Mike Hastie
Army Medic Vietnam
September 20, 2017
Full Disclosure

You do not bring the enemy to the peace table by just killing military combatants. You ultimately bring the enemy to the peace table by killing innocent civilians, because they are military targets. The primary goal of the aggressor nation is to break the will of the people, and their ability to defend their homeland. This strategy is as old as warfare itself.

Mike Hastie
Vietnam Veteran

Sent from my iPhone

Santa Fe this Sunday

September 20, 2017,


September 18, 2017
The National Lawyer’s Guild Chicago Annual Celebration (2017) will honor Bernardine Dohrn with this year’s Arthur Kinoy Award.
Please join us for an evening of joy and justice.
Tickets are from $65 to $125, and a booklet announcement can be ordered at:
When: Friday, November 3, 2017, 6:00-9:00 pm
Where: Second Unitarian Church, 656 W. Barry
Celebrating 80 Years of Law for the People

Rain Taxi

September 13, 2017
Rain Taxi Review of Books in Minneapolis has a lovely review of DEMAND the IMPOSSIBLE! which concludes with this:
“This book is essential reading for activists hoping to foment the changes in our society that will transform the next centuries of global democracy—that is, if the experiment can survive that long.”
Thank you Rain Taxi!


September 10, 2017

A natural and expected reaction to the disasters in Texas and Florida is the normal, everyday human response: as fellow creatures, we will help you. Of course.

But when we watch Governors Abbott and Scott rolling up the sleeves of their work shirts, donning their “NAVY” baseball caps, and offering the optics of responsible leadership, it’s only fair to point out that these guys and their donors and allies are leading climate change deniers, that they’ve intentionally underfunded infrastructure development and safety programs, that they are austerity hawks who consistently serve the interests of the banksters and their hedge-fund homies, that they are vicious America-firsters and proponents of the harshest treatment of immigrants, and that they always seem to want FEMA, the EPA, and Washington “off our backs…” except for right now. They urge us to keep politics away from a “natural disaster,” and with the complicity of the bought media and the chattering class it is done—endless images of flood and storm, less and less illuminating as the catastrophe rolls forward, and not a peep about the climate chaos brought on by human-caused change and run-away predatory capitalism. And within the ballooning hypocrisy this: immigrant scrutiny and harsh treatment will be suspended for the storm, so please go to shelters; after the storm, back to normal: scapegoating, targeting, exploiting, oppressing. The gathering catastrophic storms here in Chicago and around the country—terrible schools, scarce jobs and crisis-level unemployment, shoddy health care, inadequate housing, and occupying militarized police forces—are of no interest to the political and financial classes, or the 1%. It’s up to us to organize and rise!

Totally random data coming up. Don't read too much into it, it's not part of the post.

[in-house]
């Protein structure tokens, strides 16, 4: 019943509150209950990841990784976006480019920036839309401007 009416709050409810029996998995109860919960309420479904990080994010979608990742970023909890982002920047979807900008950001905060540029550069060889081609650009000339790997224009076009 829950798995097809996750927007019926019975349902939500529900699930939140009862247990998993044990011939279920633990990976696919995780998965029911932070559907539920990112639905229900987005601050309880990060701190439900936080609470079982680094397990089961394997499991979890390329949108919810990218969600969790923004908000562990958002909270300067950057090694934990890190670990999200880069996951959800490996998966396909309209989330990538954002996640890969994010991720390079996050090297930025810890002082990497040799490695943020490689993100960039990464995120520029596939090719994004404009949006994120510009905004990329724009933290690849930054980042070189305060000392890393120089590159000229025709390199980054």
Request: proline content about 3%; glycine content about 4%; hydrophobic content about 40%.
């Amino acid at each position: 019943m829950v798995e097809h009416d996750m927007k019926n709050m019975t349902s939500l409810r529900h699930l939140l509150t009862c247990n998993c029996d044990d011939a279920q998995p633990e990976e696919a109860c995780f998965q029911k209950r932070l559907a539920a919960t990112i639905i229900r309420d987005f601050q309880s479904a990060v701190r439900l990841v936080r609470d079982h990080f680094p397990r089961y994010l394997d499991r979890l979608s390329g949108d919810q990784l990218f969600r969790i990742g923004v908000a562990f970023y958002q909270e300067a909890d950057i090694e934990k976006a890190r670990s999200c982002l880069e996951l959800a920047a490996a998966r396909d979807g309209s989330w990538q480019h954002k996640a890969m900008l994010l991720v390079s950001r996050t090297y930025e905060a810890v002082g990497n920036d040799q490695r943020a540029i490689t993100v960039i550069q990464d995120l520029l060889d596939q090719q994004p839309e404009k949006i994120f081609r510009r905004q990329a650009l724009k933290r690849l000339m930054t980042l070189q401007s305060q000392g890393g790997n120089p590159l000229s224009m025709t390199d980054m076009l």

Notes on Violence

September 4, 2017

Brother Rick Ayers on the NYT piece on protest, September 3, 2017:
I appreciate this piece – and it includes Berkeley’s own Michael McBride and other African American leaders on the debates about movement building and recent demonstrations. I find myself defending, or deflecting broad criticisms of, the Antifa activists just because so many of the criticisms strike me as wrong.

Here are a few reasons:

1) It is ridiculous to suggest that anyone who resorts to violence is “helping the enemy.” Violence is terrifying, problematic, heart-breaking. But it is not most important to be debating on the level of tactics – unless you are forwarding some kind of winning strategy.